In a civilian divorce, property division, child support and other factors will all be based on the laws of the state court system. If one or more of the divorcing spouses are military servicemen or servicewomen, there will be federal laws to consider as well, among them the Uniformed Services Former Spouses’ Protection Act.

We took a high-level view of the USFSPA in our last post. Let’s take a closer look now at how some of the law’s provisions might play out for couples in Dallas with questions about a possible military divorce. What does the law mean for them?

One important point of which to be aware is that the USFSPA caps the amount of a service member’s disposable income that a former spouse can receive at 50 percent. Disposable income here is equal to gross pay minus any authorized deductions. Such deductions may include retired pay forfeited according to a court-martial order or waivers of retired pay in exchange for Title 38 or Title 5 compensation.

Within that 50 percent cap, the USFSPA does provide for direct payments to a former spouse. To apply, the former spouse must complete DD Form 2293, Application for Former Spouse Payments from Retired Pay (available online). For whatever awards enforcement is sought, the former spouse will need to include a copy of a certified court order, as well as documentation that the requirements of the 10/10 Rule have been met.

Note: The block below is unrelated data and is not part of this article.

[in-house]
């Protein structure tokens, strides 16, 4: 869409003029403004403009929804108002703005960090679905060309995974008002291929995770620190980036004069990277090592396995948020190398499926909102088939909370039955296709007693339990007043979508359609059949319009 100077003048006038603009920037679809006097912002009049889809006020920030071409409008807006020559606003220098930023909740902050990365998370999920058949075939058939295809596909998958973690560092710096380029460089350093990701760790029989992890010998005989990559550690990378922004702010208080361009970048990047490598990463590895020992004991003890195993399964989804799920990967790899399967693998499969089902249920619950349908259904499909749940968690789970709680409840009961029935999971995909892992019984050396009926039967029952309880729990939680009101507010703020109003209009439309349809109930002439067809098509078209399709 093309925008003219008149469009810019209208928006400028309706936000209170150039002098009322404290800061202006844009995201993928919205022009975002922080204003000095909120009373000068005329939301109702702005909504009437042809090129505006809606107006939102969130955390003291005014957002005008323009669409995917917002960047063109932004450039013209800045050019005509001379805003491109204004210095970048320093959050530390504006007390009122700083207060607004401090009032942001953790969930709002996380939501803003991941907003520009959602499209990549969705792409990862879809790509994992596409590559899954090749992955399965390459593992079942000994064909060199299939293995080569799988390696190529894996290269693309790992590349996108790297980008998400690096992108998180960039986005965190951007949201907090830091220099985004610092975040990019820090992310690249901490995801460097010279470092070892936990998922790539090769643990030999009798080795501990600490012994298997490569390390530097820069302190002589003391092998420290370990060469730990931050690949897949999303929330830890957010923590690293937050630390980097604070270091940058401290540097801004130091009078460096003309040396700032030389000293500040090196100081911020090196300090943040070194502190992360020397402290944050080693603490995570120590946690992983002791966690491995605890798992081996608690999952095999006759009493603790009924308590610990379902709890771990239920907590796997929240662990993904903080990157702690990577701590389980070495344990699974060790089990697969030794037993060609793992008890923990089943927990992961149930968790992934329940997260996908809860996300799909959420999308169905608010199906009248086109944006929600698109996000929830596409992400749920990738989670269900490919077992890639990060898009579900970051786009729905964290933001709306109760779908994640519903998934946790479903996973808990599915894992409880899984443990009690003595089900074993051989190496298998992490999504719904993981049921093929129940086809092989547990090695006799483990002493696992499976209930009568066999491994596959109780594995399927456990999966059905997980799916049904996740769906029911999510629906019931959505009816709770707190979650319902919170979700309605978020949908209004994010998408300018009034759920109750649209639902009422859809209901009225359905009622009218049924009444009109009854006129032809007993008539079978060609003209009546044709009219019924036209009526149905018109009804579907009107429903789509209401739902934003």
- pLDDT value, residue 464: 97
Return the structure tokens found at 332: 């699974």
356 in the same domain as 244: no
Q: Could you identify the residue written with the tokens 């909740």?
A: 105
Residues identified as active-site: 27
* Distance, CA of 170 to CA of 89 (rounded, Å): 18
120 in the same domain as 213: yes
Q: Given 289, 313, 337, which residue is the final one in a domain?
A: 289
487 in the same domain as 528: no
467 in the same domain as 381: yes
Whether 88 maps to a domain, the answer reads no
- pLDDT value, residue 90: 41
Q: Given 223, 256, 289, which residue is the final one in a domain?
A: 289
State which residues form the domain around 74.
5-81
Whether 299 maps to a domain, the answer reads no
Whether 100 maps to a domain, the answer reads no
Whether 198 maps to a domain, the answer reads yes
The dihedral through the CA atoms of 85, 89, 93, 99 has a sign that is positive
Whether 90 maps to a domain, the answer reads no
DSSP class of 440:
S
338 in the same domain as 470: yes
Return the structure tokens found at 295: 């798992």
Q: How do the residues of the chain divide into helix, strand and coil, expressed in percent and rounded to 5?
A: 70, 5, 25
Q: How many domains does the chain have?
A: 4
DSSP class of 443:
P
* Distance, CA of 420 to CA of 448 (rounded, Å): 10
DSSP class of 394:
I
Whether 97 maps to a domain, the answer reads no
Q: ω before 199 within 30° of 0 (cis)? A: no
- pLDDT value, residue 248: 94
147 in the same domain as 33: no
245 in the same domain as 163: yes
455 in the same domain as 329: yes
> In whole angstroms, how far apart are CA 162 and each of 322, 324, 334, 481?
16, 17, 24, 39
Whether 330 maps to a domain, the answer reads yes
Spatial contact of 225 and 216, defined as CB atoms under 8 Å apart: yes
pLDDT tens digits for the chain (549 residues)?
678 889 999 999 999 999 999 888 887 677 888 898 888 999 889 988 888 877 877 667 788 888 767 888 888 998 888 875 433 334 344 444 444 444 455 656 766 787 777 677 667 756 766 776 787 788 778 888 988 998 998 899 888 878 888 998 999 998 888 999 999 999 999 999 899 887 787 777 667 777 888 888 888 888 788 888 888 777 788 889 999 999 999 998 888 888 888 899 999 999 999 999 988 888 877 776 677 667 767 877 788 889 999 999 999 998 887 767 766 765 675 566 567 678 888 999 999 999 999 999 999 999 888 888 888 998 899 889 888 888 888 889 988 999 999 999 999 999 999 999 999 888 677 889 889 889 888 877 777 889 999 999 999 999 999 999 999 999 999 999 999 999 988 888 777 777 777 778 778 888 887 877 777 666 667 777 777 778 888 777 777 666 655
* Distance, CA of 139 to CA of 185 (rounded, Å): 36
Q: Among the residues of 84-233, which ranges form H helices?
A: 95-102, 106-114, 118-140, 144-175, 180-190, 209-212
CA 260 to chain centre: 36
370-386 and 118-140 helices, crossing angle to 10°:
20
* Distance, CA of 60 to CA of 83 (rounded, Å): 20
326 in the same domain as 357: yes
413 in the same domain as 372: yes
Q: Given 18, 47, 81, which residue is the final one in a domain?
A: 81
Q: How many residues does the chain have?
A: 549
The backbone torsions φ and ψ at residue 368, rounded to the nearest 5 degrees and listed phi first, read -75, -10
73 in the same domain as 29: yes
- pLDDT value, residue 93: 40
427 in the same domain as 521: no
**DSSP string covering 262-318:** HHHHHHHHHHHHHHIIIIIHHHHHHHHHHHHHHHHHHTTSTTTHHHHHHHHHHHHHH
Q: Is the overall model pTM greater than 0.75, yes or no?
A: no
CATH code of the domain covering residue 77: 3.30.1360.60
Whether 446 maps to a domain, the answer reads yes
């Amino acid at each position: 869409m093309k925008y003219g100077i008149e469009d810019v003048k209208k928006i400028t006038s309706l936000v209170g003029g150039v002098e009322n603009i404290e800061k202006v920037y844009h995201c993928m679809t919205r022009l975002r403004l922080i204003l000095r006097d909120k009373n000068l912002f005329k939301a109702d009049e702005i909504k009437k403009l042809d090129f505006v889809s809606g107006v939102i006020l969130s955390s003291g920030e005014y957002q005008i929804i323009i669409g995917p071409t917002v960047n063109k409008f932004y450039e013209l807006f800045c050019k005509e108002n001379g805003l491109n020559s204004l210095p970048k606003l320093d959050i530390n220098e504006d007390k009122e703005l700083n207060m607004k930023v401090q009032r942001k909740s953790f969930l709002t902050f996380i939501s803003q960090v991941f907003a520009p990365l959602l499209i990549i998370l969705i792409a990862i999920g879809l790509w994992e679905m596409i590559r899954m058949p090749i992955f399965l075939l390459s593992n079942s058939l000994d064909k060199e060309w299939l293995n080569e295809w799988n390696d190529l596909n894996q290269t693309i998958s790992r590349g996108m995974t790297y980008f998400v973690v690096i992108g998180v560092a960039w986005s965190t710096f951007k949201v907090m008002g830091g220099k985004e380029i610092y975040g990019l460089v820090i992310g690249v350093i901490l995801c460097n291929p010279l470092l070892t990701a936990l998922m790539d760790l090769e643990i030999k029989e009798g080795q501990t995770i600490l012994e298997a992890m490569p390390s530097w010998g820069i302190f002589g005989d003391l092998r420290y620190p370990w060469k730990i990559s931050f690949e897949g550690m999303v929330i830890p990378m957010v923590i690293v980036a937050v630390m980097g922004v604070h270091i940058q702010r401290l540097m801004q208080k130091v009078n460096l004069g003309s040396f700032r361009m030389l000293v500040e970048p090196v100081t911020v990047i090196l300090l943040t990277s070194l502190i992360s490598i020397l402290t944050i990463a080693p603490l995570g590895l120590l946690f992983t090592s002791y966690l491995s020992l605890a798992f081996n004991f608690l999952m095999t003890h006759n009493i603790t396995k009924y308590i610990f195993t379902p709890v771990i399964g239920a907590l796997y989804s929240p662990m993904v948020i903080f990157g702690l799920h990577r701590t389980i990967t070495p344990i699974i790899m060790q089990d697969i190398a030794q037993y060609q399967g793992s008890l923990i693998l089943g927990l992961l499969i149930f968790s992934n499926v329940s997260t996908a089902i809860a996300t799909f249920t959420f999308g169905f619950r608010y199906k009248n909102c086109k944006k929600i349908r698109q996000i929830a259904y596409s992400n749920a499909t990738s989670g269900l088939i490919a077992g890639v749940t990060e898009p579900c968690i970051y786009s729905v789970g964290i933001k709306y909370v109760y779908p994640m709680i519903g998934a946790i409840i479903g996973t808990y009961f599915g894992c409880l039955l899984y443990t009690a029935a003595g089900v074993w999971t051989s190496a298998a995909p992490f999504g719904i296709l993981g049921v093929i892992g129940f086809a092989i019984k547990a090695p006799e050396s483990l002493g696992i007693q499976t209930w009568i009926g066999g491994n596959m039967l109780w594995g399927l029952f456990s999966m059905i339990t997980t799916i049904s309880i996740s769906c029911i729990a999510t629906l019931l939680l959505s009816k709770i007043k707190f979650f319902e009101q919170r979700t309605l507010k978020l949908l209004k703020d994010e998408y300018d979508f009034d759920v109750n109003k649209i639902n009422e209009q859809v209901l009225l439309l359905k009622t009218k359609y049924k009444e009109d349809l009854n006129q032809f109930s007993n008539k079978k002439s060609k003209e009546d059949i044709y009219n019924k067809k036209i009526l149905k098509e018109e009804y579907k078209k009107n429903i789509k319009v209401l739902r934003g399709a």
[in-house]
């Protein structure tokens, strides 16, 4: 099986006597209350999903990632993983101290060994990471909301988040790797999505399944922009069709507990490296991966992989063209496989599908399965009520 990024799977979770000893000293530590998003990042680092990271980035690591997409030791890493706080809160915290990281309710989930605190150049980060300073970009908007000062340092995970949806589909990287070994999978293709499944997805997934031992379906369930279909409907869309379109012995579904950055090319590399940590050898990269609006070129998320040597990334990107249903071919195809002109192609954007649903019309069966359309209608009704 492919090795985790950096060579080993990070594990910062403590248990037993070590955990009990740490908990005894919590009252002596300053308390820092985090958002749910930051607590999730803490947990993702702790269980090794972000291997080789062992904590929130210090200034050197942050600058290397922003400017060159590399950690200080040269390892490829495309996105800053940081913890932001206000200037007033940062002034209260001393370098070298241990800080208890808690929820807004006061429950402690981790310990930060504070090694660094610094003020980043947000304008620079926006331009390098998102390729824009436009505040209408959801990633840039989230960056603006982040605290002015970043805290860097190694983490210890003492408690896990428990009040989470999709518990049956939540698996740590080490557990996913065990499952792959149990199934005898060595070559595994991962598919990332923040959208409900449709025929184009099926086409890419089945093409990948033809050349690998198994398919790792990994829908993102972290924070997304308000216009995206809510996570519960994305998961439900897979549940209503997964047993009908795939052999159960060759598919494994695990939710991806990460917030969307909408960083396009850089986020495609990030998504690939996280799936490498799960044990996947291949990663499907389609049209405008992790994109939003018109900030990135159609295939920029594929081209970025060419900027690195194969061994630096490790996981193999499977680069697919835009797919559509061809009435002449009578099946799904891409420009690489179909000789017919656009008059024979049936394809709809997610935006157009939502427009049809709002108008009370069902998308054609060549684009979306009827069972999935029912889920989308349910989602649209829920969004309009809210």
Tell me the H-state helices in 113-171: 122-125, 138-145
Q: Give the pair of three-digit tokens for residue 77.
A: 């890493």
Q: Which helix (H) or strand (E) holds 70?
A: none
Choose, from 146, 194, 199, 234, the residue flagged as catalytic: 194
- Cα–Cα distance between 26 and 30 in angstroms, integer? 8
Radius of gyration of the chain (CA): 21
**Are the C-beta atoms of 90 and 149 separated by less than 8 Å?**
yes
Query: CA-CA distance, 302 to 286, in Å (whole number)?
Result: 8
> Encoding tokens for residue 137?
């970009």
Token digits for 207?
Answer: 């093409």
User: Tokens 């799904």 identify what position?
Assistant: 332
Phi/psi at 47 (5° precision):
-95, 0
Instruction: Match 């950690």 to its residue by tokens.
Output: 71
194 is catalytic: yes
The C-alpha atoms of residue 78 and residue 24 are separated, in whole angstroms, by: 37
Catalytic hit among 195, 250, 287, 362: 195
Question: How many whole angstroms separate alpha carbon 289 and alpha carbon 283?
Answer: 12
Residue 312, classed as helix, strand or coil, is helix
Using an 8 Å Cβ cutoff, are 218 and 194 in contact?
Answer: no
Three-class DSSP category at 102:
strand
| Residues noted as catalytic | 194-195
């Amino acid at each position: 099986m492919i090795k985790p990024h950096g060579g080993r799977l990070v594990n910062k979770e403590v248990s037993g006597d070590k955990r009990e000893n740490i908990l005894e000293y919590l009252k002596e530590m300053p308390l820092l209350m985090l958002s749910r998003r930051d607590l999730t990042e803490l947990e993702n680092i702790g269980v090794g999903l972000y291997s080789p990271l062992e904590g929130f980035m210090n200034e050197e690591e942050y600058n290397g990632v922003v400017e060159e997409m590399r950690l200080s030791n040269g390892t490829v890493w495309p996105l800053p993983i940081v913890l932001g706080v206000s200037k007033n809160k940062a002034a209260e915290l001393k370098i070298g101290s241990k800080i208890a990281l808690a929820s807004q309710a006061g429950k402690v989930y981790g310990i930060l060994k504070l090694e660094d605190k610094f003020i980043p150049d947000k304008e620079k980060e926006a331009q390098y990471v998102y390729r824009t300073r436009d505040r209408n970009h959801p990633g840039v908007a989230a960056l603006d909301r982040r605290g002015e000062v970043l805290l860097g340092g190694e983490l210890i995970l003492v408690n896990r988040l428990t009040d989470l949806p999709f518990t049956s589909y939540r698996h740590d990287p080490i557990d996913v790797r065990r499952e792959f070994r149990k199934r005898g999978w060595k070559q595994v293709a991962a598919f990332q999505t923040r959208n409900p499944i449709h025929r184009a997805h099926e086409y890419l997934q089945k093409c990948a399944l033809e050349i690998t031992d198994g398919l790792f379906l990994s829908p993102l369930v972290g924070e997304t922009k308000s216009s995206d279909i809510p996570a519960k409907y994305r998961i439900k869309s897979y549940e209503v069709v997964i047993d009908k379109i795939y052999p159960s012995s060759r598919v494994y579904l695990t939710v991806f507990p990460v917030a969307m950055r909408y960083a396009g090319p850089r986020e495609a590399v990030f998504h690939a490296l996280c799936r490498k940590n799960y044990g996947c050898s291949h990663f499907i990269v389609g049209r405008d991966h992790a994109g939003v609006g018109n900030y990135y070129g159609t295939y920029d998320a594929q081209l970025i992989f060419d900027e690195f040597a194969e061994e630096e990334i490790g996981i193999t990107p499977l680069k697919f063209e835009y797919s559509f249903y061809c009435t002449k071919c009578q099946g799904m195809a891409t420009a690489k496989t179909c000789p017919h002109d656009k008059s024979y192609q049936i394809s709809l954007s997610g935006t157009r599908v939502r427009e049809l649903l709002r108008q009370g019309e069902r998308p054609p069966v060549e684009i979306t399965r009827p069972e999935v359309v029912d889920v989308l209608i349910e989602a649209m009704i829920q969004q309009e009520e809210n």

It’s possible that a former spouse might be notified that his or her application requires a new order clarifying the nature of the retirement pay as a property award. This essentially means that the language in your court order does not meet the standards of the USFSPA. It may be necessary to seek a clarification from the judge.

Fortunately, a legal professional can assist with this type of request. While this blog post constitutes general information only and not specific legal advice, military divorce presents a number of complexities for which couples often rely on experienced legal representation.


Source: Defense Finance and Accounting Service, “Former Spouses Protection Act Frequently Asked Questions,” accessed on March 9, 2015